Well here's a hot take to warm up your December. Chilly out there? Yeah. I get it. I have a weird relationship with my furnace in the winter. (If it’s working, anyway.) I tend to crank things up so high that my residence is uninhabitably warm. I can’t help it! My winter days operate like clockwork: I venture outside, regret it, and come back five minutes later. It’s like subjecting myself to a trauma I’m trying to recover from for the rest of the day. So I snuggle by my furnace for a few minutes until my surroundings transmogrify into a sauna. There's no turning back after this. I feel bad turning the heat back down; heat is a luxury in the city, and I must treasure it, even if that means that I suffer.
Well, I like to have fun with it. It starts to feel like summer in my apartment. Just atrociously muggy. My house becomes summer in the winter. So I treat it as such: I don some trunks. Slap on some Dollar Tree sunglasses. My go-to drink is something icy and refreshing.
The perfect drink for winter? A nice, cold cocktail, like Erik Lombardo's Southside. (We’re heading into a world where seasons won’t mean anything anymore. Why not look towards the future?) The recipe's right there, but I'll save you a click. Here’s what to do.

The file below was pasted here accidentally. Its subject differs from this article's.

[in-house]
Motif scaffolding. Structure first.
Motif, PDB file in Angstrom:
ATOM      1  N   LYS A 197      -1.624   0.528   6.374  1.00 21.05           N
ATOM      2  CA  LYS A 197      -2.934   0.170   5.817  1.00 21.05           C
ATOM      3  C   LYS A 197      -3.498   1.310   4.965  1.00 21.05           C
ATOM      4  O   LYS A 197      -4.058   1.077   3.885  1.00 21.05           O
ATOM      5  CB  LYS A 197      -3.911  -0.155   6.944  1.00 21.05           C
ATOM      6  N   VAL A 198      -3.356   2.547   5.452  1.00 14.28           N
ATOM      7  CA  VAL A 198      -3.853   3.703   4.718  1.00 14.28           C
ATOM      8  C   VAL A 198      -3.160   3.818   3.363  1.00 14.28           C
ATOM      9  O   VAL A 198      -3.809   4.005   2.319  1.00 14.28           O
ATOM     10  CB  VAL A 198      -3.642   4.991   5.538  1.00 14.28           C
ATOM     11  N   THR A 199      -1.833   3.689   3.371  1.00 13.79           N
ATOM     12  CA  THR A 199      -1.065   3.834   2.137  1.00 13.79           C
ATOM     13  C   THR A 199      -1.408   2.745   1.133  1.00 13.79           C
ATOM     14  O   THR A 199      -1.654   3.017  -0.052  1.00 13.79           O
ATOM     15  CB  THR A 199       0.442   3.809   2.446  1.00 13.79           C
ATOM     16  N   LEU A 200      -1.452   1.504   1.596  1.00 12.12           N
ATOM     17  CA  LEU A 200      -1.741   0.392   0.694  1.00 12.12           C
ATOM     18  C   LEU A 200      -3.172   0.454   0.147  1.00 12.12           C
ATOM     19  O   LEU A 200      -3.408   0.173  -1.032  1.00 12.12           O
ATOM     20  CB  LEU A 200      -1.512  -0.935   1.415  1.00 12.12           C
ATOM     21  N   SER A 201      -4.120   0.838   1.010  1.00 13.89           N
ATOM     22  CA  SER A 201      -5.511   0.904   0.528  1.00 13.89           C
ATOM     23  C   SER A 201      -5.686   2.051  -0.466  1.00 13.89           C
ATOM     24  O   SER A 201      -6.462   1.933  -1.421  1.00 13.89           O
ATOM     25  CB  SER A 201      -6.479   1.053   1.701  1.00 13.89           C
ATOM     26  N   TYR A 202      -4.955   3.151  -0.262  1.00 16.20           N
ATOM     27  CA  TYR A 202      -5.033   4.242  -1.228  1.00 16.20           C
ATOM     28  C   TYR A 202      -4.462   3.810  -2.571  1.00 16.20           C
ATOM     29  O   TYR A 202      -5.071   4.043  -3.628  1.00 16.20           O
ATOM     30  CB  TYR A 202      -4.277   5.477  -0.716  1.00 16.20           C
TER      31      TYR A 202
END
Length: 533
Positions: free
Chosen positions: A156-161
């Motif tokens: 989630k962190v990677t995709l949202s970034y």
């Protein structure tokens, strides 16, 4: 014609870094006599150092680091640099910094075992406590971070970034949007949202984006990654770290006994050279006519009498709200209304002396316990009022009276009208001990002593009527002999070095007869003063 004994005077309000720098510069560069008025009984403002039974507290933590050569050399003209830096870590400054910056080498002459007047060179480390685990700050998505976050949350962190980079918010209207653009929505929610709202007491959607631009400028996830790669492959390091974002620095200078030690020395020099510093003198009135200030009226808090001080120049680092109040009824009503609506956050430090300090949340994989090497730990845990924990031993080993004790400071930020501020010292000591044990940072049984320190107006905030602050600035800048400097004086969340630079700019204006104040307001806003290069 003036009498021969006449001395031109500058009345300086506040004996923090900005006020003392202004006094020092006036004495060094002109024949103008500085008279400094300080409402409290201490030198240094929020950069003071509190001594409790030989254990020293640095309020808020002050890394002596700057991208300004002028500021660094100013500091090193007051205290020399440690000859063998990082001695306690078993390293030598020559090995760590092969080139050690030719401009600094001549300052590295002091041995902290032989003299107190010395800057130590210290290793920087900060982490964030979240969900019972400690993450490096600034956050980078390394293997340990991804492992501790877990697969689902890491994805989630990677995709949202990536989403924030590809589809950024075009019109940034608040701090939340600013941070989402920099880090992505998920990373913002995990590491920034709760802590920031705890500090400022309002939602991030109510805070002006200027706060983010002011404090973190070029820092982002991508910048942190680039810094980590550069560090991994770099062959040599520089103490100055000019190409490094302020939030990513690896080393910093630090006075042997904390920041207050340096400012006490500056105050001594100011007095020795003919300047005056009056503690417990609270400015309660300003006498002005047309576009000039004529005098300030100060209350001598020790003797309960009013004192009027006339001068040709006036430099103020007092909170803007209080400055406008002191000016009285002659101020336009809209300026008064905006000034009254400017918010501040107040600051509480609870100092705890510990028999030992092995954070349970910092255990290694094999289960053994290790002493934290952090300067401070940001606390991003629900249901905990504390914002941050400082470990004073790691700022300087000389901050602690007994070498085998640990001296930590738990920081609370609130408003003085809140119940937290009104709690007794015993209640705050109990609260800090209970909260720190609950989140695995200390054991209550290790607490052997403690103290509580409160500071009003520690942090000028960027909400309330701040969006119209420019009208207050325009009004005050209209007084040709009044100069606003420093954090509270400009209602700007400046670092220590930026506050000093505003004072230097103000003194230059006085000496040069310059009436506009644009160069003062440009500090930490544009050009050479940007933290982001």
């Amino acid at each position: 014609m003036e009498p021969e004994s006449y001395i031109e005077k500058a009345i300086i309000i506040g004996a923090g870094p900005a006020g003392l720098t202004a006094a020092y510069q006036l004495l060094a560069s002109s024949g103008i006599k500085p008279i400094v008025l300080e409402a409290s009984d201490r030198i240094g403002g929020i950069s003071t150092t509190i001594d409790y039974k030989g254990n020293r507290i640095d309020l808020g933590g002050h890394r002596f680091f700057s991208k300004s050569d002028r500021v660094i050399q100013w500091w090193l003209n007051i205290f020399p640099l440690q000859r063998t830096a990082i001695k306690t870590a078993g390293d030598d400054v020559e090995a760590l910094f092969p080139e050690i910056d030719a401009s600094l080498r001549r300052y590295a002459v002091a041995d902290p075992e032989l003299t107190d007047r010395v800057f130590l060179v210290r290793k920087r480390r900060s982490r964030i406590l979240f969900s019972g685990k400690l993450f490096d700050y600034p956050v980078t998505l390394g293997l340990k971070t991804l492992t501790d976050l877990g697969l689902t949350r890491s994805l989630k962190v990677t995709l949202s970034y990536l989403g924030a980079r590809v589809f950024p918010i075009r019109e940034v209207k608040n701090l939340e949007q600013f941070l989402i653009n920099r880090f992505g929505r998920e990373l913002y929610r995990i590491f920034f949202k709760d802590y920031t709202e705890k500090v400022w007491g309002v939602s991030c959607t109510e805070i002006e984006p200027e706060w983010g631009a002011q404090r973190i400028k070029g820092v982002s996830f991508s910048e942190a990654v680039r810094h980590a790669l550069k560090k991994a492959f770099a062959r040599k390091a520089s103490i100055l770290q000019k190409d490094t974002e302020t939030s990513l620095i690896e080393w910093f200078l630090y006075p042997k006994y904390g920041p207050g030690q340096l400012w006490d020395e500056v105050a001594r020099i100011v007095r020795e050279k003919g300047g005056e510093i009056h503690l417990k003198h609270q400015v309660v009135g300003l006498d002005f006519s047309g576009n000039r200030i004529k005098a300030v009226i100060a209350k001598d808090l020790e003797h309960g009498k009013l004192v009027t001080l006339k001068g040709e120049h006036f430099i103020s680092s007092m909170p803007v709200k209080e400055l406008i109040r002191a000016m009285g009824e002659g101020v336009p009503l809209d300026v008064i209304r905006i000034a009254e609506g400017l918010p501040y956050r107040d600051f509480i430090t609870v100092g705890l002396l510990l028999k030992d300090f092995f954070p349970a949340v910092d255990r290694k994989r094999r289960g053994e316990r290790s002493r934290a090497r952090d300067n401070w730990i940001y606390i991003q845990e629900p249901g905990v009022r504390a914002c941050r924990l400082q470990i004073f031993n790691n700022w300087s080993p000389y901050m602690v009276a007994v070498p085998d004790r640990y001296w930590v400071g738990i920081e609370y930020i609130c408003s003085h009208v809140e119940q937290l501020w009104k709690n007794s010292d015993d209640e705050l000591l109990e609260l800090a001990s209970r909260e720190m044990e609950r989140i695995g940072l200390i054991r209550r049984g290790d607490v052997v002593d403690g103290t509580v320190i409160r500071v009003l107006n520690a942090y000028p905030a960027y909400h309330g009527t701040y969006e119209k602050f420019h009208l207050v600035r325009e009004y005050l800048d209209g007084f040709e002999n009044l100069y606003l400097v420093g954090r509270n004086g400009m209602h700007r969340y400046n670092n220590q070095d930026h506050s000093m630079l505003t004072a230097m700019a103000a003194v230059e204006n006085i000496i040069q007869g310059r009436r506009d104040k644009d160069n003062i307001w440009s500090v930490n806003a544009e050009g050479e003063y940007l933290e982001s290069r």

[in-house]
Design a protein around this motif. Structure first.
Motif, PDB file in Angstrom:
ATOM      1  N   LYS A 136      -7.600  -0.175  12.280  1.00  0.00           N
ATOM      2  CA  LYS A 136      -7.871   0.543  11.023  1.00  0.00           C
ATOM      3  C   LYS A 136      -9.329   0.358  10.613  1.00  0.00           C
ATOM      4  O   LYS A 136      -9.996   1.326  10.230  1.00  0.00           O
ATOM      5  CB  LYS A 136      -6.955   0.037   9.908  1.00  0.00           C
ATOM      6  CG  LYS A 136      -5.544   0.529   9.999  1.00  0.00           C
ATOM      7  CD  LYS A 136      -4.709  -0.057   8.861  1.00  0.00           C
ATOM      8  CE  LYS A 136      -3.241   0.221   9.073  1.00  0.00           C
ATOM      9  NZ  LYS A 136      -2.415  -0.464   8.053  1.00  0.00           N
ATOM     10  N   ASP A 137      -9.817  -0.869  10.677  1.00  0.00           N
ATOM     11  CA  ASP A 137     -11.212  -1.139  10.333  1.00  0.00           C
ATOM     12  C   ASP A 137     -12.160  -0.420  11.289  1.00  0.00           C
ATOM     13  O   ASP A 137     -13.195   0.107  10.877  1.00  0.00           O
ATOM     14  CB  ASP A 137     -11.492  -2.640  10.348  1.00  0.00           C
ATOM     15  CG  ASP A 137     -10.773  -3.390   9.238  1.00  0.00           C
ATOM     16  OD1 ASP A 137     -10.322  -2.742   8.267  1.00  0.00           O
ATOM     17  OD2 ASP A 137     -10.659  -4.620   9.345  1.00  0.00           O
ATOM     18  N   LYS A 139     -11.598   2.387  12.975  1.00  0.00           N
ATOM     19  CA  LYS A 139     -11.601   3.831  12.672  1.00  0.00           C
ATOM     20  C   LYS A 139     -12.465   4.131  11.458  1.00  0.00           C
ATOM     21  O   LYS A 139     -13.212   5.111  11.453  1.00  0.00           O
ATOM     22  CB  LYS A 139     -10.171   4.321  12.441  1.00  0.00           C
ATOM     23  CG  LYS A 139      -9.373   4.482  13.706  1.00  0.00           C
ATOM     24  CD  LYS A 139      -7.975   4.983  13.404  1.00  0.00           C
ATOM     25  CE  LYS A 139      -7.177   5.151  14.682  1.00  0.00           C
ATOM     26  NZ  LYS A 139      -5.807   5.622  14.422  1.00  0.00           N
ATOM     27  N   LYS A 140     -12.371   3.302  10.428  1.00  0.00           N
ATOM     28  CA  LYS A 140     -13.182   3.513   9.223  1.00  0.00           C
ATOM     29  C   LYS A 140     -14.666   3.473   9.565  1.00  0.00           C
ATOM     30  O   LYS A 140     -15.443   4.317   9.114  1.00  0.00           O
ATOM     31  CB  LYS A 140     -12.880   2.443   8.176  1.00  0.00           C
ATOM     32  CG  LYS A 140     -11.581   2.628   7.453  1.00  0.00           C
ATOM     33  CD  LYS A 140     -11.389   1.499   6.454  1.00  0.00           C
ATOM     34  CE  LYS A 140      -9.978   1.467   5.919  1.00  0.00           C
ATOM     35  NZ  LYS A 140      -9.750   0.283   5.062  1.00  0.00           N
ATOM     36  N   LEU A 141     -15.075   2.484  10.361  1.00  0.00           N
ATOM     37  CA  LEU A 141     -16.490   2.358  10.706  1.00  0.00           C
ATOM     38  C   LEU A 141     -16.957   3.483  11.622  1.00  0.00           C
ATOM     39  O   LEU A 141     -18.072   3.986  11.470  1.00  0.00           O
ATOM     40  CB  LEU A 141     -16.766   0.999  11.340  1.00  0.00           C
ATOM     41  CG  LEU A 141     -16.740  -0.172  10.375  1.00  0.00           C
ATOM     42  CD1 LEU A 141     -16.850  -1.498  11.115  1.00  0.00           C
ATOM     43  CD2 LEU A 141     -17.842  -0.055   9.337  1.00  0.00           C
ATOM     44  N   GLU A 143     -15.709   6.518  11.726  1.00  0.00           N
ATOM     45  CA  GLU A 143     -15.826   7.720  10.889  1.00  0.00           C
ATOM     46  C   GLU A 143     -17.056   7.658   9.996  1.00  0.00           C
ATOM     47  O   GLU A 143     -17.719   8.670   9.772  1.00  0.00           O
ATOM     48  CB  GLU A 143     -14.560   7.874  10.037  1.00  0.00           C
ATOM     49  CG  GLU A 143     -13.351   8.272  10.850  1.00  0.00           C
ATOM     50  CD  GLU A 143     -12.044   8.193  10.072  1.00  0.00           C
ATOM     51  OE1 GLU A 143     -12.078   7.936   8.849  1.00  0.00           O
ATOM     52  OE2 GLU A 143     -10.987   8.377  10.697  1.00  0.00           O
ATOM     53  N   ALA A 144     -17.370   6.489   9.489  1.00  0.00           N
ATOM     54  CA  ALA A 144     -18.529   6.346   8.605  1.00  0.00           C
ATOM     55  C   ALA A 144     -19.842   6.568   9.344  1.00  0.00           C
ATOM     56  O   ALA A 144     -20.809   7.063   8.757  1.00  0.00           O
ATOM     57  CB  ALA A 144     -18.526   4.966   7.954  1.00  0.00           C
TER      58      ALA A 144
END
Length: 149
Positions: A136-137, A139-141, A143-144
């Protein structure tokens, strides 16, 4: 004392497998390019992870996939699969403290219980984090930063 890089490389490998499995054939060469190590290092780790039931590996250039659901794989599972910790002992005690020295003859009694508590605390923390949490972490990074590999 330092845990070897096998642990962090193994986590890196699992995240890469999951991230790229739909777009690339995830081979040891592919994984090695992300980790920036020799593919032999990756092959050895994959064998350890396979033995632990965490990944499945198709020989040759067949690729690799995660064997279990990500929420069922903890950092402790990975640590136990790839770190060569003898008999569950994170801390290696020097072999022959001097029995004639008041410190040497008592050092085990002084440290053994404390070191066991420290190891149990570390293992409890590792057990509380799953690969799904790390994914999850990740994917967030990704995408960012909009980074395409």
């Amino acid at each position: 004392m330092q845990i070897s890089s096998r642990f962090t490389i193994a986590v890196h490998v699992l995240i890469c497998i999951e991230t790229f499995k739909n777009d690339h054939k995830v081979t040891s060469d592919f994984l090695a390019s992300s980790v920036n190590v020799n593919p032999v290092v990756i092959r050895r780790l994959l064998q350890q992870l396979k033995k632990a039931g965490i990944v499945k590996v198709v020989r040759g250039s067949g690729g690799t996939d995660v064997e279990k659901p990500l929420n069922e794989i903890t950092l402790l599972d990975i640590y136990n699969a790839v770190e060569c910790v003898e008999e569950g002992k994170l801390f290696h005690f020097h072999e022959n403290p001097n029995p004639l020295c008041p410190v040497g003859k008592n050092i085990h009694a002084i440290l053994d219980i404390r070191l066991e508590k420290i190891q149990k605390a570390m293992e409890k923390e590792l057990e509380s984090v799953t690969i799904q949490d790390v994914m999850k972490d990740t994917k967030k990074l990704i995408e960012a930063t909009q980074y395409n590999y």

Gather 2 ounces of gin, 1 ounce of lime juice, 3/4 ounce of simple syrup, and 4 to 6 mint leaves.
Wow. Not too many ingredients. I've counted about four.
Get some ice.
Store-bought, made in a tray...anything goes.
Shake all of those ingredients together with the ice and strain it all into a cocktail glass.
There you go. Gentle turbulence. Now we're talking.
Smack your lips, say a toast, and enjoy.
Shop the Story
Minty, fresh, flirty—it’s you. The summer you, in the winter.
Are you an oddball who likes summer cocktails to cope with the indoor warmth of winter? Let us know in the comments.
Mayukh Sen is a James Beard Award-winning food and culture writer in New York. His writing has appeared in the New York Times, the New Yorker, Bon Appetit, and elsewhere. He won a 2018 James Beard Award in Journalism for his profile of Princess Pamela published on Food52.